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Tutorial 2: Polarimetry data reduction

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Tutorial 3: Reducing your own GPI data

So you have your own GPI data, probably from queue observations. What’s next?

Getting your data from CADC

  1. Go to http://www2.cadc-ccda.hia-iha.nrc-cnrc.gc.ca/cadcbin/en/gsa/archive/pi_form.pl
  2. Enter the name of your program and your Phase II password.
  3. Under “Proprietary Data Access”, click “Search for Complete Catalogue”
  4. Under “Select a standard query”, select “Any” and click “Continue to query form”
  5. In this new webpage, under “Science Program”, enter the name of your program.

You should then be able to select and download your data files.

Note

Right now only the raw files are being archived. We hope that by 2014B also the quicklook datacubes produced at the summit will also be archived.

First Reduction of Your Files

The first goal is to produce your own datacubes that are reasonably well calibrated but perhaps not the best possible. So we won’t worry about every little possible detailed adjustment yet. At this point we are more or less reproducing the quicklook reduction that happens at the summit. To begin, open the data reduction pipeline. You should see two windows, the GPI Launcher, and the GPI DRP Status Console.

First step: Use the Launcher to start the Data Parser. Load the downloaded calibration files into the Data Parser. This should create recipes to reduce darks and wavecals or polcals depending on the mode (Spectral or Polarimetry) of your data. To begin a reduction, select a recipe and Queue using the buttons on the bottom left of the Data Parser window.

Check that the results look OK on GPItv.

For more information on reducing darks, see Darks.

Making wavecals is a 2 step process: Generate a good high quality wavecal from deeper lamp data taken during the day at zenith, then update for the flexure of your science data based on the short exposure wavecal taken at the same time. The deep wavecal does not need to be from particularly close in time to your science observations; the update for flexure does.

For more information on wavelength calibrations, see Wavelength Calibrations.

Once the calibration files are reduced and saved to your calibrations database, you are now ready to reduce the science data. Open the Recipe Editor. Load the FITS files of interest. Then in the recipe template selection, choose the reduction category (spectral or polarimetric science) and then choose the appropriate quicklook reduction template. E.g., “Quicklook Automatic Datacube Extraction”.

Queue the recipe (using the Save Recipe and Queue button). It should produce some datacubes which are displayed in GPItv as they are created.

There are many primitives available in the GPI Data Reduction Pipeline for additional calibrations. The complete list of all primitives is available here. There is also a list of available Recipe Templates.

Next Steps

Most GPI users will want to do some form of PSF subtraction. The pipeline provides several choices for different PSF subtraction routines you can run on datacubes, including LOCI ADI, KLIP ADI and SDI, differential polarimetry, etc. There are recipe templates for these starting from either raw files or precomputed cubes. If you’ve made decent cubes using the above steps, you can use e.g. the “KLIP ADI Reduction (from Reduced Cubes)” recipe.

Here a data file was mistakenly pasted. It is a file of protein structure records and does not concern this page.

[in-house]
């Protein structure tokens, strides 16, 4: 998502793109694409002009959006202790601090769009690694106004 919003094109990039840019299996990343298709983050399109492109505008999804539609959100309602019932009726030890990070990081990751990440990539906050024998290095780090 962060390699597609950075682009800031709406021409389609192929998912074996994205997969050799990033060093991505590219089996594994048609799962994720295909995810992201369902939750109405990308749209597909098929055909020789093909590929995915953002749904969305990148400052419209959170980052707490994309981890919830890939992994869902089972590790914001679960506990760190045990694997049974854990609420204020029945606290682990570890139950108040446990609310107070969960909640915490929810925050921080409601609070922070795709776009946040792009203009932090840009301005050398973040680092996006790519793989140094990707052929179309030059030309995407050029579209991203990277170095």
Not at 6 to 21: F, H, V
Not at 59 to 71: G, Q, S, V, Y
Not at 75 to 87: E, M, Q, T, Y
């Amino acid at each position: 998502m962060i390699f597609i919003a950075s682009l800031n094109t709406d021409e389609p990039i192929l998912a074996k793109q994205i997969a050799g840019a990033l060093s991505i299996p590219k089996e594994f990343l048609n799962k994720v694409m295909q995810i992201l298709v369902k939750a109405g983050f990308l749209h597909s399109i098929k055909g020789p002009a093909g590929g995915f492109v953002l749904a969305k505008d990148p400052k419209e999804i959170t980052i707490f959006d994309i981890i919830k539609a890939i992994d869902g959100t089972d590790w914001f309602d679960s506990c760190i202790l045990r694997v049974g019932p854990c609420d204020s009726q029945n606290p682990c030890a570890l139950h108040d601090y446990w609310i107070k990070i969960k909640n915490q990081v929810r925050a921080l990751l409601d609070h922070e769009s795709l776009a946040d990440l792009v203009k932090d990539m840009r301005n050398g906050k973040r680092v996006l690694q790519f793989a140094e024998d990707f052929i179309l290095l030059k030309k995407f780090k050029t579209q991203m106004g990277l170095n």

How to optimize PSF subtractions is beyond the scope of this documentation; consult the research literature...

After you have created cubes and done some PSF subtraction, now depending on your results, you may wish to return to earlier steps of the process and iterate to adjust things. For instance you could choose to apply additional calibration to your datacubes based on a photometric standard star, add in a step for sky subtraction, and so on.

What if something goes wrong?

For examples of oddities you might encounter in your data, see A Gallery of Example Data, Artifacts, and Noise Sources to be Aware Of.

Below we’ve briefly listed some common issues and solutions. For more Frequently Asked Questions about data reduction, see FAQ.

  • Checkerboard or moire pattern. Indicates wavecal is offset due to flexure and needs to be updated. Be sure to use a wavelength calibration file created using an arc lamp taken at the same elevation as your science target. Alternatively, you can manually input the shifts due to flexure using the “Update Spot Shifts for Flexure” primitive by selecting Manual for the method and updating the manual_dx and manual_dy keywords.
  • Satellite spots cannot be found automatically. Satellite spots are used for precise astrometry of the star behind the coronagraph, for PSF registration during subtraction. If the pipeline is not able to locate the sat spots automatically, the user can input the locations manually. In the primitive called “Measure satellite spot locations”, select loc_input = 1 and then define x1,y1,x2,y2,x3,y3,x4 and y4 by looking at one of the *_spdc FITS files with GPItv.
  • If you use a recipe that includes the ‘Measure contrast’ primitive, be careful about the automatic contrast curves. These may not be optimal depending on context, e.g. they’re biased if you look at a binary star.

Further questions will be addressed on the Gemini Data Reduction User Forum. We encourage all GPI users to contribute to this forum with questions, comments, and include any ideas or improvements for the GPI Data Reduction Pipeline.